Primary Care Networks (PCNs)
Primary Care Networks (PCNs)
Primary Care Networks (PCNs) are a key part of the NHS Long Term Plan, with general practices being a part of a network, typically covering 30,000-50,000 patients. The networks will provide the structure and funding for services to be developed locally, in response to the needs of the patients they serve. It is important that community pharmacy teams are fully involved in the work of their PCN and this is being encouraged via the Pharmacy Quality Scheme.
The networks will have expanded neighbourhood teams which will comprise a range of staff such as GPs, clinical pharmacists, district nurses, community geriatricians, dementia workers and Allied Health Professionals such as physiotherapists and podiatrists/chiropodists, joined by social care and the voluntary sector’.
Click on a heading below for more information.
What are Primary Care Networks?
PCNs are based on general practice registered lists, typically serving natural communities of around 30,000 to 50,000 patients. They should be small enough to provide the personal care valued by both patients and healthcare professionals, but large enough to have impact and economies of scale through better collaboration between general practices and others in the local health and social care system, including community pharmacies.
This short NHS England animation explains the concept of PCNs and how this new way of working enables health and other services to work together to provide better access for patients:
The PCN concept is broadly based on the National Association of Primary Care’s Primary Care Home (PCH) model; see below for more information on the PCH model.
The NHS Long Term plan said that PCNs will become an essential building block of every Integrated Care System (ICS).
How were PCNs formed?
A new extension to the GP contract was agreed in January 2019, as part of NHS England’s five-year framework for GP services: the Network Contract Directed Enhanced Service (DES); this went live on 1st July 2019 and it enables GP practices to play a leading role in every PCN.
As part of the requirements of the DES, PCNs must appoint a Clinical Director as their named, accountable leader, responsible for delivery, who will also provide strategic and clinical leadership to help support change across primary and community health services.
All PCNs have a Network Agreement which sets out the collective rights and obligations of the general practices in the network, as well as how the network will partner with non-GP practice stakeholders such as community pharmacies. The Network Agreement also includes a patient data-sharing requirement, in order to support safe and effective provision of patient care across the general practices.
A PCN cannot exist without its constituent practices, but its membership and purpose should be much wider. The NHS Long Term Plan sets out a clear ambition to deliver ‘triple integration’ of primary and specialist care, physical and mental health services, and health with social care. PCNs will be the foundation of all ICS and every ICS will have a critical role in ensuring that PCNs work in an integrated way with other community staff and providers; collaboration arrangements with other local organisations will form a distinct part of every Network Agreement from April 2020.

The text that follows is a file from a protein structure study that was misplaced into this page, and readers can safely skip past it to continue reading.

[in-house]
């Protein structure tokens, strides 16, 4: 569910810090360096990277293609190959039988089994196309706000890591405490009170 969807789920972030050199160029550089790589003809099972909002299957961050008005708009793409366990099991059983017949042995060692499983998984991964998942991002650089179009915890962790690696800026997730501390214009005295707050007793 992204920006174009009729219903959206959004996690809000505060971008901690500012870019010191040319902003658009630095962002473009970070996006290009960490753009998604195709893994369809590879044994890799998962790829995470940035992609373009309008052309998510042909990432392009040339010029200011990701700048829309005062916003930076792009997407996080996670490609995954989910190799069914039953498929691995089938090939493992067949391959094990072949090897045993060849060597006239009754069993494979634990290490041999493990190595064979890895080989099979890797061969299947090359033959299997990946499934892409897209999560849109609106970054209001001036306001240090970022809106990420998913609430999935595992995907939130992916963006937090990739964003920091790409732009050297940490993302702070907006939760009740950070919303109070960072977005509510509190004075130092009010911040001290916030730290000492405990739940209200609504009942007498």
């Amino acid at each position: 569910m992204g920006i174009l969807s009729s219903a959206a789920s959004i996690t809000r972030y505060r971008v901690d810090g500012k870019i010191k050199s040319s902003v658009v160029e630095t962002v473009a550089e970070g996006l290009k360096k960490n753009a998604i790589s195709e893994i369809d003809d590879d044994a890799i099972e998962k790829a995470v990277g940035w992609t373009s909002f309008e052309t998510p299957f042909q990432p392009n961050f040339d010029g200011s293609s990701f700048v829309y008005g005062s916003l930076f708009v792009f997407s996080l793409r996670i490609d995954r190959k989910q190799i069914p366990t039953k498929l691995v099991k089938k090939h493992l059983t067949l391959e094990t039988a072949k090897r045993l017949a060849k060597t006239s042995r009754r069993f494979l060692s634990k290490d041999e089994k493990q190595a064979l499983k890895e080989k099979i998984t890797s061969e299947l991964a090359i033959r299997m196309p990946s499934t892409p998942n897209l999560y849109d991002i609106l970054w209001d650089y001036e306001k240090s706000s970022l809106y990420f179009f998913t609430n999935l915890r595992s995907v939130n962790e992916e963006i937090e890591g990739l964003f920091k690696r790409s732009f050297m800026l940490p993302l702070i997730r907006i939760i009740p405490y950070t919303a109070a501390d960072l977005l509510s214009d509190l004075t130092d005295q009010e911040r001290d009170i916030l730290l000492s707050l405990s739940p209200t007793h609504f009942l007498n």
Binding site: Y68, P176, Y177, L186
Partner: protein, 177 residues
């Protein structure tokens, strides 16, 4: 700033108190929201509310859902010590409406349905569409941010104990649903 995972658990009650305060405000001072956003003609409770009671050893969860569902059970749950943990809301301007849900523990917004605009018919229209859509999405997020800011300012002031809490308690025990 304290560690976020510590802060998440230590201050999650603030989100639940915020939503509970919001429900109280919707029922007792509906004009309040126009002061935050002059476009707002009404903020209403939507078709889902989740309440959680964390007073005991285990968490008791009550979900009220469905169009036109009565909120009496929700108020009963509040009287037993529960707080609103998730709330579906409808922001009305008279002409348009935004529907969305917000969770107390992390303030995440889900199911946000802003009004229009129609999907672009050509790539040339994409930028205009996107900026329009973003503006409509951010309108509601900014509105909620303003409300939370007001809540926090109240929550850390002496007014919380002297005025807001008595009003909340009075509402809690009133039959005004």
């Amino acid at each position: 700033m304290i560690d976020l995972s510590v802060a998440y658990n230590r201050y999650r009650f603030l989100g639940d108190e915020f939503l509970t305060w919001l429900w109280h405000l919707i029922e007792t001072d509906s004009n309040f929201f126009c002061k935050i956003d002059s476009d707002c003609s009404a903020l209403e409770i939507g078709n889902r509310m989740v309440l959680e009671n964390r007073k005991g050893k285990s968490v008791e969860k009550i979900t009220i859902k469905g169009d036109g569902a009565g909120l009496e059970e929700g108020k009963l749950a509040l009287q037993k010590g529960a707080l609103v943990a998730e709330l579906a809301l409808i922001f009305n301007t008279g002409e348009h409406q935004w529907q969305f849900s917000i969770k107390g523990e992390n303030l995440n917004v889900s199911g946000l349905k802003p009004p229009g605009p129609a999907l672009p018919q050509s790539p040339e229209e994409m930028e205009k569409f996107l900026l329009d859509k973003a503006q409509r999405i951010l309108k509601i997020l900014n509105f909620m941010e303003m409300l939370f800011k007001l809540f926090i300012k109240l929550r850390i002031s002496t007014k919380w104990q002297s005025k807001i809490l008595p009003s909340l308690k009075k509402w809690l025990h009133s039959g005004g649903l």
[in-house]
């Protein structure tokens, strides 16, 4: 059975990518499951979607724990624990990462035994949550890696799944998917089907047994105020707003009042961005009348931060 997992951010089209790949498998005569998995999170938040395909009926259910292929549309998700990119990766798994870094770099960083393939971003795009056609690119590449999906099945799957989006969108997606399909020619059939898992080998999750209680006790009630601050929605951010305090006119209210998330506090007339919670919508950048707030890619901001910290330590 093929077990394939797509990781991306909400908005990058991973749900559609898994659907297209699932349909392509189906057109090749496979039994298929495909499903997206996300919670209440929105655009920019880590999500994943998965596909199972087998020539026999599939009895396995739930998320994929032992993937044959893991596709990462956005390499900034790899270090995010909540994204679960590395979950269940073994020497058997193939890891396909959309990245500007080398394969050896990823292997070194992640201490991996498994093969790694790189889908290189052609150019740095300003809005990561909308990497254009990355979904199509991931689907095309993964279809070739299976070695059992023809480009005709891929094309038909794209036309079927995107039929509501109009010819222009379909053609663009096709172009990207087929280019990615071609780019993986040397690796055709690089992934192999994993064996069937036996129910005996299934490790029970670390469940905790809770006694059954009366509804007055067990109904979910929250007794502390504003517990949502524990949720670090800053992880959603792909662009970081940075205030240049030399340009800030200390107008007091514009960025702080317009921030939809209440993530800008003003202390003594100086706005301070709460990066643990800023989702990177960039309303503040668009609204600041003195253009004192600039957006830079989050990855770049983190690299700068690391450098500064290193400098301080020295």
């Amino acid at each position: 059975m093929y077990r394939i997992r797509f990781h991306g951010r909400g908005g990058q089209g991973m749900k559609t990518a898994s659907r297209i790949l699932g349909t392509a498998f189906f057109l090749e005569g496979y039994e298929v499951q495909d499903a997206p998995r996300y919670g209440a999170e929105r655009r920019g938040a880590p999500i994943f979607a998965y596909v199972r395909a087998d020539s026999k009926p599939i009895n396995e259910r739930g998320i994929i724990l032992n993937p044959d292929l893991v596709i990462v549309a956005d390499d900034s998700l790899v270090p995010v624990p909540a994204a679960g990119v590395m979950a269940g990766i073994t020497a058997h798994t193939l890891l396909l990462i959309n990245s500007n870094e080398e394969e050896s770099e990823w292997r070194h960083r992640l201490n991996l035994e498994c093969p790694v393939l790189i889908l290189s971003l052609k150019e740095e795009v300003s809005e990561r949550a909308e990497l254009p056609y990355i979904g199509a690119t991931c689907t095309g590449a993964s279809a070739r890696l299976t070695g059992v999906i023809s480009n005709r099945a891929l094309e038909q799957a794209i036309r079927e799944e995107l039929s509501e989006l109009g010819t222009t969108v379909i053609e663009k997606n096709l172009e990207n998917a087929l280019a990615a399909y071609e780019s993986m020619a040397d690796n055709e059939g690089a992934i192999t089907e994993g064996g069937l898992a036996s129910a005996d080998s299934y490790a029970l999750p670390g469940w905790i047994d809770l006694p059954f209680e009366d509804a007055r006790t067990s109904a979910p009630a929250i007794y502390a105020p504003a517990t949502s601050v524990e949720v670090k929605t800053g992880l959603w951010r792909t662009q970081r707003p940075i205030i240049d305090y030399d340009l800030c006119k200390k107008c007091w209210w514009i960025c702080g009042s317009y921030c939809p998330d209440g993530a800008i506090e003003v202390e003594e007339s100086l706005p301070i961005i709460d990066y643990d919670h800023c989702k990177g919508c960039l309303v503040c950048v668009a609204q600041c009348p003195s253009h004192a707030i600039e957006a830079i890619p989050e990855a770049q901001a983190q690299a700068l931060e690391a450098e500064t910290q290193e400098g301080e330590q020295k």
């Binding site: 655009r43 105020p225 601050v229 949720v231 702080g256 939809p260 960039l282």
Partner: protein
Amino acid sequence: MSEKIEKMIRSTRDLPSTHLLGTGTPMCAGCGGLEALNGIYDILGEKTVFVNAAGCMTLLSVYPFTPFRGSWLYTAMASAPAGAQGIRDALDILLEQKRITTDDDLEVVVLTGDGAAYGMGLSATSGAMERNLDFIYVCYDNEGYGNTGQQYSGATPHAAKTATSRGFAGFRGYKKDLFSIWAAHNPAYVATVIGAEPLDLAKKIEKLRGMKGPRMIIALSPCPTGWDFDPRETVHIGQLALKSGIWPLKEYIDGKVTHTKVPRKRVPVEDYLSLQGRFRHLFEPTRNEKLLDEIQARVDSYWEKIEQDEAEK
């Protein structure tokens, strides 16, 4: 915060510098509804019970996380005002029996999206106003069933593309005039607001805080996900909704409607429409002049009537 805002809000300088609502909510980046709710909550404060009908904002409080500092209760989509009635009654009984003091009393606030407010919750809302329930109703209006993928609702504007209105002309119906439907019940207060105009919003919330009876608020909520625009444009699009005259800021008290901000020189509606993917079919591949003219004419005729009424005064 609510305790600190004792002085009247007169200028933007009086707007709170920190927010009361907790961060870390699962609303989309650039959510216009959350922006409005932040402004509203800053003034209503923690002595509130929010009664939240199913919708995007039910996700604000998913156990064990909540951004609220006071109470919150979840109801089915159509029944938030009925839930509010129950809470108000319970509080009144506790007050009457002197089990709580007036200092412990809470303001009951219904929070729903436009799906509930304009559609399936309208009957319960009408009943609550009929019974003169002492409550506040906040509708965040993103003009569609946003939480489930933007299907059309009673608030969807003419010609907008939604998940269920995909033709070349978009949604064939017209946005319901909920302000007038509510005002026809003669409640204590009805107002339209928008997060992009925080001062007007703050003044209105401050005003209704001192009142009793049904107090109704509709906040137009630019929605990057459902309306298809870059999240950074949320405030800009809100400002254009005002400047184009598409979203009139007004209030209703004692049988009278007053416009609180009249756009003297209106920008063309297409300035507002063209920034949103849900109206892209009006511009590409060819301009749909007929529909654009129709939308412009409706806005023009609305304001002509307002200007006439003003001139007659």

The Primary Care Home model and the development of PCNs
The National Association of Primary Care (NAPC) launched the Primary Care Home model at their annual conference in October 2015. The PCH model is designed to support the strengthening of primary care in line with the new care models outlined in the NHS Five Year Forward View. The programme was supported by NHS England.
PCH is an innovative approach to strengthening and redesigning primary care. The model brings together a range of health and social care professionals to work together to provide enhanced personalised and preventative care for their local community. Staff come together as a complete care community – drawn from GP practices, pharmacy, community, mental health and acute trusts, social care and the voluntary sector – to focus on local population needs and provide care closer to patients’ homes. PCH shares some of the features of the multispecialty community provider (MCP) care model, but its focus is on a smaller population (30,000 to 50,000 patients) enabling primary care transformation to happen at a fast pace, either on its own or as a foundation for larger models.
NAPC received almost 70 applications to be part of the initial phase of the programme and the successful fifteen rapid test sets were announced on 17th December 2015. In late 2016, additional ‘Community of Practice’ sites joined the programme. Details of these sites and further information on the programme can be found on the NAPC website.
In August 2017, the Nuffield Trust published an evaluation report of the PCH model, which looked at how sites can make early progress with implementing and evaluating their local PCH models and potential challenges.
The following short NAPC video illustrates one example of how community pharmacy is participating in the PCH model:
On 31st March 2017, NHS England published Next steps on the NHS Five Year Forward View, which reviewed the progress made since the launch of the NHS Five Year Forward View (5YFV) in October 2014 and set out a series of ‘practical and realistic steps’ for the NHS to deliver a more joined-up and responsive NHS in England.
One of those steps was to encourage general practices to work together in ‘hubs’ or networks of at least 30,000-50,000 patients – building on the PCH model. In February 2018, Refreshing NHS Plans for 2018-19 set out the ambition for CCGs to actively encourage every general practice to be part of a PCN so that these cover the whole country as far as possible by the end of 2018/19.